As a general practice, quotations are usually classified subjectwise, and subjects are alphabetically arranged. But in this anthology, the compiler has devised some broad groups and some of these groups are interlinked due to their wide range. The present compiler has rather taken some sort of liberty in the arrangement of the proverbs in some broad classes and due to such arrangement a good number of passages may seem overlapping.

. Many remarkble ideas and concepts about virtues and vices, joys and sorrows, ups and downs, hope and despair, myths and realities, ethics and morality, art and culture have found their expression in these citations. Some of these are pure instructions, some give pure delight, some contain philosophical ideas in crude forms and some generate thought -provoking ideas for the intellectual and inquisitive readers. Since the present work is not an extensive collection, many quotable quotes may be lacking here. But the compiler has taken utmost care so that most common, popular and witty excerpts might find their place in this book.

Maxims do not make a man wise, but undoubtedly bring some sort of aesthetic delight for the reader. Each and every corner of human mind, bright or dark, becomes enlightened by these sharp expressions of the wise and experienced souls. Each proverb has a bright side of its own and it is better to express this through proverb :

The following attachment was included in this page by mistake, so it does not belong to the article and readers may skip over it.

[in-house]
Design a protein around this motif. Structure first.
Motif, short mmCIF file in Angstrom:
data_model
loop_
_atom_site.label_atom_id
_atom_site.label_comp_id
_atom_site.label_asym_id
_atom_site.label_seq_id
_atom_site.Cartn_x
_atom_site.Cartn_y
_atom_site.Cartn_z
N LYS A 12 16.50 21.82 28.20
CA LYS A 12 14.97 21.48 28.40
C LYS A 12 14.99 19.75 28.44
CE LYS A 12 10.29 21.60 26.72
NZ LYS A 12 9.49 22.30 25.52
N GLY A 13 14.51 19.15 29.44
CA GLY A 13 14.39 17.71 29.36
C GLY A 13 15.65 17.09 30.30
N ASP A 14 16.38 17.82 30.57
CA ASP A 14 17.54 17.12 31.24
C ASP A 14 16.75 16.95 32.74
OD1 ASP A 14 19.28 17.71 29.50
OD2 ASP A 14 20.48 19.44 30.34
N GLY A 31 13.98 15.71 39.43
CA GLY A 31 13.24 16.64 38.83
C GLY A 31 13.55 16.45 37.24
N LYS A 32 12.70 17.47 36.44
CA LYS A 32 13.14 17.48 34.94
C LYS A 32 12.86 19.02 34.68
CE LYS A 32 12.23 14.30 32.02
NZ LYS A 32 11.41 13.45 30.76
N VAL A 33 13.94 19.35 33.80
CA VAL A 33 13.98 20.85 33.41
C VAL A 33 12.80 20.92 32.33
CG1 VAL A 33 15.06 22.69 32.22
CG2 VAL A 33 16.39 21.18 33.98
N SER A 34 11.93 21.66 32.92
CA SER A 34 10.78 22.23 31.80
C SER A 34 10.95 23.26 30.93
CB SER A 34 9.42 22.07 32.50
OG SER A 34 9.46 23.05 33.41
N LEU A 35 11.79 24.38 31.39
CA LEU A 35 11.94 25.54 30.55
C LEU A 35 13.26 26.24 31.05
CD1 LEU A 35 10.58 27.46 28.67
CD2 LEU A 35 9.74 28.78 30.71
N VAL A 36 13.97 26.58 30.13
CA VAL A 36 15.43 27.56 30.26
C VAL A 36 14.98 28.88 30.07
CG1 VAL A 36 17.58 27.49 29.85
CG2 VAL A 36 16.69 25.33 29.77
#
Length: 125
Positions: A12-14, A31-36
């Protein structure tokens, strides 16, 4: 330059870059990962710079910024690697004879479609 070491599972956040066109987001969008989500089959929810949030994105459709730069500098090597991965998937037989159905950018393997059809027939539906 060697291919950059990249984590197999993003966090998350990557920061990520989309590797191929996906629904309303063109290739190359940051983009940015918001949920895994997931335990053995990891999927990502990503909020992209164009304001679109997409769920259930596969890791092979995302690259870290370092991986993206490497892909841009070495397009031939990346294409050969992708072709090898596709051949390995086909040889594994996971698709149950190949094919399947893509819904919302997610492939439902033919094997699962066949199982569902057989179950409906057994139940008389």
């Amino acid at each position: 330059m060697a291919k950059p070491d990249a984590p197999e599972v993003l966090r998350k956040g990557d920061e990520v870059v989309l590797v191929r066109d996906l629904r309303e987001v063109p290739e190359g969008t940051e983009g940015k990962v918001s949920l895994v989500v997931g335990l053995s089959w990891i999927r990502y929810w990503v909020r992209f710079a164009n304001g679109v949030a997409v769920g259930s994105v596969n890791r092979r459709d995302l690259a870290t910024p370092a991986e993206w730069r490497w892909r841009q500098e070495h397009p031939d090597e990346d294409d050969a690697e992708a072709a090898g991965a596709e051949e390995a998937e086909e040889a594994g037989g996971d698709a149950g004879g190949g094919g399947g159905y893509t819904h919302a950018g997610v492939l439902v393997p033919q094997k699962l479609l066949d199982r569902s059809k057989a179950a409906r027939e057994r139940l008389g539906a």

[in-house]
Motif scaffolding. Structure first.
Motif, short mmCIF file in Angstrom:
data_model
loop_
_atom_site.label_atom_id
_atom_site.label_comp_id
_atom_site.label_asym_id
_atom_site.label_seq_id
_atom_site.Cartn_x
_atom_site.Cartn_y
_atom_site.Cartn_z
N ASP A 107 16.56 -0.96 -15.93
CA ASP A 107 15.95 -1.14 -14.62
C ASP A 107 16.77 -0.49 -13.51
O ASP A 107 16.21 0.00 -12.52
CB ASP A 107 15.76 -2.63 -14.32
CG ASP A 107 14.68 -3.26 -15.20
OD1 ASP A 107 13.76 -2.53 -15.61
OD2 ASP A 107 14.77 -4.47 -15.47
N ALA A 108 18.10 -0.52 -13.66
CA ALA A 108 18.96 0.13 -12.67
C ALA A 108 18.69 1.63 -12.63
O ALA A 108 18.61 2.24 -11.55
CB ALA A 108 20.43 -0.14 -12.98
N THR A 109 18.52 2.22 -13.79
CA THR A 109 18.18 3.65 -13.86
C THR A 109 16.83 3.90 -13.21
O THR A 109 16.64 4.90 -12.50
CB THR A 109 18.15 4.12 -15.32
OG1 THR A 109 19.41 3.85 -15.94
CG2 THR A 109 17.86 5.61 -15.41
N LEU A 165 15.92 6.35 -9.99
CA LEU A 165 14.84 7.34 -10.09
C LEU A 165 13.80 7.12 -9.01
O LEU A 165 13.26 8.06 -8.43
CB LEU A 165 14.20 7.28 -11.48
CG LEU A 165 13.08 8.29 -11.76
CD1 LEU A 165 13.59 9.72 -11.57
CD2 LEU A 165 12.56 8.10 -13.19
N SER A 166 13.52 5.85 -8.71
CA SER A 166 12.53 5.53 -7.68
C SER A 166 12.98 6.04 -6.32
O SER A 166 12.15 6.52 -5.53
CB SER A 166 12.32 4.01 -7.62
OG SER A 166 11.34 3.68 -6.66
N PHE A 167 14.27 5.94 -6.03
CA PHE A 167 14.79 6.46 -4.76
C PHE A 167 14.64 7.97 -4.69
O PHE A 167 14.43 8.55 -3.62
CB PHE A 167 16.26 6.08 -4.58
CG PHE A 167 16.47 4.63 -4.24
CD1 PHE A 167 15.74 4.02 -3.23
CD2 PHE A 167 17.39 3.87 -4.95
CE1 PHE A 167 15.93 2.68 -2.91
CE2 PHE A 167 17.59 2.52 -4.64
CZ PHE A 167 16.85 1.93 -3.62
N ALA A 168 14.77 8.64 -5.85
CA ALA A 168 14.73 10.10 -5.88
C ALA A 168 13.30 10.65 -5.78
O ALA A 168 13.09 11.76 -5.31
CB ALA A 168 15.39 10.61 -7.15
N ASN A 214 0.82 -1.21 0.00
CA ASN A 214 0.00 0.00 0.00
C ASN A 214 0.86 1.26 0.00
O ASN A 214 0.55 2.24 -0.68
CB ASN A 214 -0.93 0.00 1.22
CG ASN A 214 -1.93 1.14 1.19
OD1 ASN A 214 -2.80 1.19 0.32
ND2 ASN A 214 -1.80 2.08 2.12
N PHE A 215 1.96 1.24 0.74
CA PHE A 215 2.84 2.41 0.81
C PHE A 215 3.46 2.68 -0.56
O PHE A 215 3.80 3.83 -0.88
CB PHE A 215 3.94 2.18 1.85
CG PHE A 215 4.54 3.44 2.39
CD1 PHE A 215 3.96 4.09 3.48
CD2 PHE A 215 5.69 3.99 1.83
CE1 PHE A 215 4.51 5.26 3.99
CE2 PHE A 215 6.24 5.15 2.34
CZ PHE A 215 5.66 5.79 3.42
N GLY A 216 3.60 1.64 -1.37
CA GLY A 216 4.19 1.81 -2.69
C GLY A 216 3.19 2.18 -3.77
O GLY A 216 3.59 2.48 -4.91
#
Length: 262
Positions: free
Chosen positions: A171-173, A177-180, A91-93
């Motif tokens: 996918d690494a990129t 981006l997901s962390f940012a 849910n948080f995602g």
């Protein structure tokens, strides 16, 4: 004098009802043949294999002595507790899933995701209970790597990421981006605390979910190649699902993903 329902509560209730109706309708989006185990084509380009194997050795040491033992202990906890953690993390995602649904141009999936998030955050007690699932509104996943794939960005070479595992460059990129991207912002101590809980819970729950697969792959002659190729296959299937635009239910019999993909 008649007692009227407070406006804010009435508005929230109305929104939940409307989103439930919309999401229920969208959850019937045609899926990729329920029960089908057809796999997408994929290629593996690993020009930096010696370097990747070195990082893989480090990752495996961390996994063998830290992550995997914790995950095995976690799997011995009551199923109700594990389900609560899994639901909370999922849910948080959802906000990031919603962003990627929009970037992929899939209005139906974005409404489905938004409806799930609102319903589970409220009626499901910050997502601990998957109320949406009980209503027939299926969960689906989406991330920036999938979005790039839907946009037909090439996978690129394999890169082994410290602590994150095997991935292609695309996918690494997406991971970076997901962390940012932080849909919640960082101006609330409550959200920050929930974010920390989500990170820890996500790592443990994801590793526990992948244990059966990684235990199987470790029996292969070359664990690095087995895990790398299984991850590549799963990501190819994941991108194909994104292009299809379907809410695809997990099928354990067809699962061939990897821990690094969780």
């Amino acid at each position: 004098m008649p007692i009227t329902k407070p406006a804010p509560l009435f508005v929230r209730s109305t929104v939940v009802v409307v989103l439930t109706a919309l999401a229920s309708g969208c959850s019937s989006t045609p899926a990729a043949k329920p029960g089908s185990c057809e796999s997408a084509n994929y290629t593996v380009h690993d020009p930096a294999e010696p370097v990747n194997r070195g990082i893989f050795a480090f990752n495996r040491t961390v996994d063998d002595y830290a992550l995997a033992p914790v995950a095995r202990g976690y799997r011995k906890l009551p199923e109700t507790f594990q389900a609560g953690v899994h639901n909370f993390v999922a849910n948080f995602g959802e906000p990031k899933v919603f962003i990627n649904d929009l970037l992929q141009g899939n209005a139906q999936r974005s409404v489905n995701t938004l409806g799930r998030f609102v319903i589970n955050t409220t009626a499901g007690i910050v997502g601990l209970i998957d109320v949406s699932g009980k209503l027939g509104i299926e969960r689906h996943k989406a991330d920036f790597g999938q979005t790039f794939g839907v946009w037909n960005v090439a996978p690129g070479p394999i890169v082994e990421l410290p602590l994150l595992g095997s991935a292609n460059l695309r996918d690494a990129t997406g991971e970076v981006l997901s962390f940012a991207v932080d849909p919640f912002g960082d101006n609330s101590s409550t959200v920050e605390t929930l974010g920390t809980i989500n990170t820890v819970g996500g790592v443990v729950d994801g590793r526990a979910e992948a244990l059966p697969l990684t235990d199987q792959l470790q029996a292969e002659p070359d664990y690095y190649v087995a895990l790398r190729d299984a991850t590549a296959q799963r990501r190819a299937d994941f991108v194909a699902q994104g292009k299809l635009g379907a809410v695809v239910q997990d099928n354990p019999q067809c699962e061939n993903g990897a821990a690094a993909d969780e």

A proverb is one man's wit and all men's wisdom.
The wise make proverbs and the fools repeat them.

But there are some citations which are very much tough to digest. Let me quote one of them: Books are fatal: they are the curse of the human race. Nine-tenths of existing books are nonsense, and the clever books are the refutation of that nonsense. The greatest misfortune that ever befell man was the invention of printing.

Contents

Preface
Aphorism1-2
Prayer3-7
Knowledge8-13
Poetry and Literature14-16
Philosophy and Logic17-27
Myth and Reality28-47
Virtue and Vice48-55
Ethics and Morality56-65
State and Polity66-70
God and Divinity71-74
Pleasure and Pain75-79
Love and Hatred80-93
Man and Woman94-101
Art and Science102
Index103-113

A Book of Treasure From Sanskrit Literature (A Dictionary of Sanskrit Quotations )

Item Code: